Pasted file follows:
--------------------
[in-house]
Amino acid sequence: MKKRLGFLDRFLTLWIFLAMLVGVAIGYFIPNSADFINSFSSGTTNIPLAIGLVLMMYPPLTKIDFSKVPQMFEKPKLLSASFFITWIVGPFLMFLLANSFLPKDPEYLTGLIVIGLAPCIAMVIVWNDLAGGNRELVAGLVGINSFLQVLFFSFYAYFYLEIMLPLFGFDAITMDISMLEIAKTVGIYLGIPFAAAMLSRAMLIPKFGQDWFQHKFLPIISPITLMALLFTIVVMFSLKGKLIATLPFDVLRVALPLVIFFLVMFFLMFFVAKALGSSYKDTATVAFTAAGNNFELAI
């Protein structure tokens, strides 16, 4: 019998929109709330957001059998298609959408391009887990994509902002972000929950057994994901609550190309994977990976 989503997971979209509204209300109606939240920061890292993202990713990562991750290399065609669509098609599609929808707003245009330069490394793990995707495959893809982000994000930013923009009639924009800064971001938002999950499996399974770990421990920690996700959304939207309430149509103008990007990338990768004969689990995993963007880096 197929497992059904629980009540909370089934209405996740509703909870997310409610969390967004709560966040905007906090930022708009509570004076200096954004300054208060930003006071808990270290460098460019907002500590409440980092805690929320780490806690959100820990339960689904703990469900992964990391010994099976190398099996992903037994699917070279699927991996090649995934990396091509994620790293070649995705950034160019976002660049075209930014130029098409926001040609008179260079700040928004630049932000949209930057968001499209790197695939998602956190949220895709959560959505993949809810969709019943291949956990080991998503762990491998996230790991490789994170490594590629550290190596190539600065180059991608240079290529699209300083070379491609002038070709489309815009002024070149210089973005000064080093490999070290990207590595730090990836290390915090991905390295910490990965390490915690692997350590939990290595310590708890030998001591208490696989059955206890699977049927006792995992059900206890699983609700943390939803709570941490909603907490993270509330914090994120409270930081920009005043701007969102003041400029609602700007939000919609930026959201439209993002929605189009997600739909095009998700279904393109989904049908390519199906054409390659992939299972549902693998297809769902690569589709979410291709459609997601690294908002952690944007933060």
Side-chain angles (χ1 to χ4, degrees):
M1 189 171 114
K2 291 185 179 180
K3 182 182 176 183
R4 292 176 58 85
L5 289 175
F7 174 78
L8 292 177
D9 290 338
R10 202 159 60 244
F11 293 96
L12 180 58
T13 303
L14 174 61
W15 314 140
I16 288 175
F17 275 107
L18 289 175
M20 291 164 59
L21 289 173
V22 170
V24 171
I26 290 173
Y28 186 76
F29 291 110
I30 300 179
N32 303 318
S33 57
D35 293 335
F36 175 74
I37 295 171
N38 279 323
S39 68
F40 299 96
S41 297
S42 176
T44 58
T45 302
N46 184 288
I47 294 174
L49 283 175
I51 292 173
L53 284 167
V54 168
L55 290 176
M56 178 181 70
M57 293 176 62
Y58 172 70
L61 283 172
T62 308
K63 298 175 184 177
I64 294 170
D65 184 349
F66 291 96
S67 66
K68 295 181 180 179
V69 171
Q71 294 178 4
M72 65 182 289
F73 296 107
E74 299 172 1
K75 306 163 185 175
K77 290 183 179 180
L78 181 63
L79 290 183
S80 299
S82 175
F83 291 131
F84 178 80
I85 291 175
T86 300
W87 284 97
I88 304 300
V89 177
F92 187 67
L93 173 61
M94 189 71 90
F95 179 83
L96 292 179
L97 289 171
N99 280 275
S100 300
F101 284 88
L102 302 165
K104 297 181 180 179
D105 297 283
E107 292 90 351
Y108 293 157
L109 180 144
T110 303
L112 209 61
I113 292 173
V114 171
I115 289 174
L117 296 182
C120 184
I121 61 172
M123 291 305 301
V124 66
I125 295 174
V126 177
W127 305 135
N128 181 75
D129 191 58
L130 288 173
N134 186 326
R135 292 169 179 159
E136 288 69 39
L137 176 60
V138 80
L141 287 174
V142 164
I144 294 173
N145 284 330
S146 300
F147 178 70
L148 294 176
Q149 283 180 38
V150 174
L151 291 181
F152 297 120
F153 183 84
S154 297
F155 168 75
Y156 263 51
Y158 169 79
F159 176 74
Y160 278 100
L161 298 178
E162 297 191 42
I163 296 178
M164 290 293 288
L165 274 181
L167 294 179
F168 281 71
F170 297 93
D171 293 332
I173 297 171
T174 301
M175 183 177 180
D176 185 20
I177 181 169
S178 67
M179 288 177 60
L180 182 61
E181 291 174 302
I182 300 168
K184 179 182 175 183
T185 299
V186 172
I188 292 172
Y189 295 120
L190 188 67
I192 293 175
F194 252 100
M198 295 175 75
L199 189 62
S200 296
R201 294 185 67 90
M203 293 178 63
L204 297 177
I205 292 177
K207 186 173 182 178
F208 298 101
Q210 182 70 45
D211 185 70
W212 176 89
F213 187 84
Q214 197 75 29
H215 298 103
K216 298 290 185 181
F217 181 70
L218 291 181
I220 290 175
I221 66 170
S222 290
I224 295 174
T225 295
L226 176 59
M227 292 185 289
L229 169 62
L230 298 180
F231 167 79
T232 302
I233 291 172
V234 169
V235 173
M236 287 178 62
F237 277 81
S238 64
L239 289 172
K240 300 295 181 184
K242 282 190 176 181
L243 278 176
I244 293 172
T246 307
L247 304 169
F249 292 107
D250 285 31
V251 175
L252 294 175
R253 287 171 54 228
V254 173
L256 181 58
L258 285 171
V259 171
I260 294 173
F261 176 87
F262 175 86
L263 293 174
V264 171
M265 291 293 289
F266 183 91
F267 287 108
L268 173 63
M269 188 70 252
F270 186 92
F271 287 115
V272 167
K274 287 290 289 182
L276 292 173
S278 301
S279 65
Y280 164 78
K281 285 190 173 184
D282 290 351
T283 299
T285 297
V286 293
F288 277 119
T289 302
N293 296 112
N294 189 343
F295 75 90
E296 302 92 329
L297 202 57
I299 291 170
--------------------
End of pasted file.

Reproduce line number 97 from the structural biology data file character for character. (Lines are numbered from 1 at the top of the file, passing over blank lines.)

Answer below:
I115 289 174